Feeding/transition to subcutaneous insulin

The first mealtime after the acidosis has resolved and the patient feels that he or she can tolerate food is the time to begin feeding the patient. Subcutaneous insulin should be started simultaneously. Dosing of subcutaneous insulin is given in basal/bolus fashion calculated first as total daily dose (TDD), which is based on insulin therapy the patient received at home prior to losing control. Alternatively, TDD may be estimated at 0.5 to 0.8 units/kg/day in an individual who has not previously been treated with insulin.3 Total daily insulin requirements may be significantly elevated for a few days following the resolution of DKA due to persistently elevated counter-regulatory hormone concentrations. These elevations predispose the patient to going back into acidosis if insulin levels are inadequate or stress levels increase further.

Basal/bolus insulin therapy is generally broken down into long- and short-acting insulin as 50% basal and 50% bolus spread over three meals.


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Half of the TDD is given once daily as long-acting basal insulin (usually glargine [Lantus] or detemir [Levemir]). The other half is given as such short-acting insulin analogues as aspart (NovoLog), divided into thirds given at mealtime.

For example, consider an individual weighing 90 kg with new onset type 1 diabetes who presents with DKA and is now controlled. Based on a TDD of 0.6 units/kg/day, a subcutaneous insulin strategy for this patient would include 54 units of insulin daily given as: 27 units basal (long-acting) insulin once daily; and 27 units short-acting insulin divided into thirds at mealtimes (nine units at each meal).

Not all patients tolerate their first meal. Some will vomit, and others may eat only a small portion. During the transitional period as DKA patients are started on PO nutrition, the subcutaneous insulin should be given immediately after the first meal. This prevents hypoglycemia from insulin overdose in the event the patient is unable to eat the full meal.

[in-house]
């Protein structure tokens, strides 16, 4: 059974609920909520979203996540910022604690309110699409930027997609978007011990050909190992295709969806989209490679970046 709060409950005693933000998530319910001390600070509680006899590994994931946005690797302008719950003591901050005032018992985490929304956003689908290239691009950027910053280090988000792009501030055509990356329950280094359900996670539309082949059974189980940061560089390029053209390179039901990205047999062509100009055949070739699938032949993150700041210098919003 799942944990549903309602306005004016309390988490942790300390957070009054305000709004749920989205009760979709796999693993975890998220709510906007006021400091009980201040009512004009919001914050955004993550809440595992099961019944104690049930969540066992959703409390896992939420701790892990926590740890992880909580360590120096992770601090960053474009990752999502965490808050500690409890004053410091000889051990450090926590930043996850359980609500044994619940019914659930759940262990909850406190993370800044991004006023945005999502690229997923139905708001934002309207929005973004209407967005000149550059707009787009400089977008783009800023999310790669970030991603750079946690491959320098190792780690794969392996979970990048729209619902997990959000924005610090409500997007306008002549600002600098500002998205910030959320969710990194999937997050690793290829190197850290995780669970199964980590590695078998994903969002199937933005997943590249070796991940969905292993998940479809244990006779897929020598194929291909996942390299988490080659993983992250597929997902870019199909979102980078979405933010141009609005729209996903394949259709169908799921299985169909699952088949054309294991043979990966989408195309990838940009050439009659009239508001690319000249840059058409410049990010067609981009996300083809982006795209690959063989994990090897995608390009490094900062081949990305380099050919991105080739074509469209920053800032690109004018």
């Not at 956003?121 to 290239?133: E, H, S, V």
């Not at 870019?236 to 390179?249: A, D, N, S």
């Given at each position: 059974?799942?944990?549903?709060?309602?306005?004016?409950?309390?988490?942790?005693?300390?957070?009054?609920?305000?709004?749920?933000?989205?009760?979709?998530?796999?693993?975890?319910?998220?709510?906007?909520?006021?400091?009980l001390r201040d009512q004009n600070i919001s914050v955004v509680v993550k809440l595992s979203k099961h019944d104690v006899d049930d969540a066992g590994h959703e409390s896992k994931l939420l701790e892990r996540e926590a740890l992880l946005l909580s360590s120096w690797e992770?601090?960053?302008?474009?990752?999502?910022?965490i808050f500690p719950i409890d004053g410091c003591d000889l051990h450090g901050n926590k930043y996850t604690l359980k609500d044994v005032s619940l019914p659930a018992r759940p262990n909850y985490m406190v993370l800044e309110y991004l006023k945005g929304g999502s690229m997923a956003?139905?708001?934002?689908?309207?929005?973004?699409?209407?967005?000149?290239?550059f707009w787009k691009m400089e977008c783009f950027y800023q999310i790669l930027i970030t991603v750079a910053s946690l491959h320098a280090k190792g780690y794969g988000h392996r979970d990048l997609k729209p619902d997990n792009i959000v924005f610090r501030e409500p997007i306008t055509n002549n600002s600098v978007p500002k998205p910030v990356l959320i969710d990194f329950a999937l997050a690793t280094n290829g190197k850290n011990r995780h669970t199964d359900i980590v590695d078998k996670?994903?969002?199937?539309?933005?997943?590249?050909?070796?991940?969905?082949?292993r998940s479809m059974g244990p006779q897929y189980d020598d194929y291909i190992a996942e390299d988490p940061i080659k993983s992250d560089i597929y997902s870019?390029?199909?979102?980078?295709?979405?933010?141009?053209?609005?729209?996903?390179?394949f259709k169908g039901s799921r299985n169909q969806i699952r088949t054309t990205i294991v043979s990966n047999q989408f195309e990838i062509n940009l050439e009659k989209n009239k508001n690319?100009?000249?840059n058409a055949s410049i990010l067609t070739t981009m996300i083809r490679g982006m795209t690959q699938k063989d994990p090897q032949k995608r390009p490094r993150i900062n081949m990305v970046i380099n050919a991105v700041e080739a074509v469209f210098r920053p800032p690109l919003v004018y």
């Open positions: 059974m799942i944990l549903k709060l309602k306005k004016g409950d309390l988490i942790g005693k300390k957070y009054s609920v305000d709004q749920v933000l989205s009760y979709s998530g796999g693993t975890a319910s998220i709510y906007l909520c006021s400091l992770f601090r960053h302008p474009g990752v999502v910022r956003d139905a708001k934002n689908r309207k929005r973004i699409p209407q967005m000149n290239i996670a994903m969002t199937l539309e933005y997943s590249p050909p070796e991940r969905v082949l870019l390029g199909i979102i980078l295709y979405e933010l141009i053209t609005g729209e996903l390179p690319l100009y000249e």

The insulin and the dextrose infusion should continue one to two hours after beginning subcutaneous insulin. This assures control in an uncertain phase and prevents ketoacid production prior to the basal insulin reaching steady state.3

Potential complications

Hyper- or hypoglycemia may occur in patients presenting with severe metabolic derangement. Frequent glucose monitoring with careful titration of IV insulin dosing can help prevent this complication.

Hypokalemia can occur from intracellular shift of potassium with the administration of insulin. To minimize this risk, delay insulin administration when the serum potassium concentration is <3.3 mEq/L, and add potassium to the IV fluid when the concentration is <5.2 mEq/L.

Cerebral edema is a complication primarily seen in children and young adults with DKA. It is rarely seen in adults aged 20 years and older.5 While it has been speculated that cerebral edema results from too rapid correction of hyperosmolality, the literature has not supported this conjecture. Nevertheless, it is recommended that serum osmolality be corrected at a rate no greater than 3 mOsm/kg/hr in patients presenting in a hyperosmolar state.7